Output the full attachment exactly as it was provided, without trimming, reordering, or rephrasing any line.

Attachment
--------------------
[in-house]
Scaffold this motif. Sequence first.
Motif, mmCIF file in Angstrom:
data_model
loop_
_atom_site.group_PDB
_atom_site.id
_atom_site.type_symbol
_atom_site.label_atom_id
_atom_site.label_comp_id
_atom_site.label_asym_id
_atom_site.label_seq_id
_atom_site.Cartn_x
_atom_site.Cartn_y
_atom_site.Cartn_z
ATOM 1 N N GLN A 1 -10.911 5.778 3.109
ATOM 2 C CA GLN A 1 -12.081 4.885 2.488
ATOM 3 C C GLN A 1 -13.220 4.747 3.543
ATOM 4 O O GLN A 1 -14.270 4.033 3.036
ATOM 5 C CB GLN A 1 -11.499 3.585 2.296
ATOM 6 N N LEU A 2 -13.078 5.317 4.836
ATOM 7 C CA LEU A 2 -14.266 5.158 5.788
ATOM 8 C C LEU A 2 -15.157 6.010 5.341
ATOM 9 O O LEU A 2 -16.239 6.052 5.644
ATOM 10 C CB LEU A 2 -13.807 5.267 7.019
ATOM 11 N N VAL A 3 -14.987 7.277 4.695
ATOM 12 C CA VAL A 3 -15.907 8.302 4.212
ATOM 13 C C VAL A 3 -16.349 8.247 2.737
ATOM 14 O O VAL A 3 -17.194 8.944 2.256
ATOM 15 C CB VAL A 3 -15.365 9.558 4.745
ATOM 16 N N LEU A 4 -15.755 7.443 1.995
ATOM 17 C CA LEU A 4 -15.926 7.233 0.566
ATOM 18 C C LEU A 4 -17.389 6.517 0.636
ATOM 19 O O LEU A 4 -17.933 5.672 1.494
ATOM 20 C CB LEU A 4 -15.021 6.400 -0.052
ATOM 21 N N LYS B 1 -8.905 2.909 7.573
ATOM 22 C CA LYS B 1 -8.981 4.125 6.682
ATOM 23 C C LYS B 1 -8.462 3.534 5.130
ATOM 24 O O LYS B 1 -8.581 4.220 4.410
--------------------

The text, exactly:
[in-house]
Scaffold this motif. Sequence first.
Motif, mmCIF file in Angstrom:
data_model
loop_
_atom_site.group_PDB
_atom_site.id
_atom_site.type_symbol
_atom_site.label_atom_id
_atom_site.label_comp_id
_atom_site.label_asym_id
_atom_site.label_seq_id
_atom_site.Cartn_x
_atom_site.Cartn_y
_atom_site.Cartn_z
ATOM 1 N N GLN A 1 -10.911 5.778 3.109
ATOM 2 C CA GLN A 1 -12.081 4.885 2.488
ATOM 3 C C GLN A 1 -13.220 4.747 3.543
ATOM 4 O O GLN A 1 -14.270 4.033 3.036
ATOM 5 C CB GLN A 1 -11.499 3.585 2.296
ATOM 6 N N LEU A 2 -13.078 5.317 4.836
ATOM 7 C CA LEU A 2 -14.266 5.158 5.788
ATOM 8 C C LEU A 2 -15.157 6.010 5.341
ATOM 9 O O LEU A 2 -16.239 6.052 5.644
ATOM 10 C CB LEU A 2 -13.807 5.267 7.019
ATOM 11 N N VAL A 3 -14.987 7.277 4.695
ATOM 12 C CA VAL A 3 -15.907 8.302 4.212
ATOM 13 C C VAL A 3 -16.349 8.247 2.737
ATOM 14 O O VAL A 3 -17.194 8.944 2.256
ATOM 15 C CB VAL A 3 -15.365 9.558 4.745
ATOM 16 N N LEU A 4 -15.755 7.443 1.995
ATOM 17 C CA LEU A 4 -15.926 7.233 0.566
ATOM 18 C C LEU A 4 -17.389 6.517 0.636
ATOM 19 O O LEU A 4 -17.933 5.672 1.494
ATOM 20 C CB LEU A 4 -15.021 6.400 -0.052
ATOM 21 N N LYS B 1 -8.905 2.909 7.573
ATOM 22 C CA LYS B 1 -8.981 4.125 6.682
ATOM 23 C C LYS B 1 -8.462 3.534 5.130
ATOM 24 O O LYS B 1 -8.581 4.220 4.410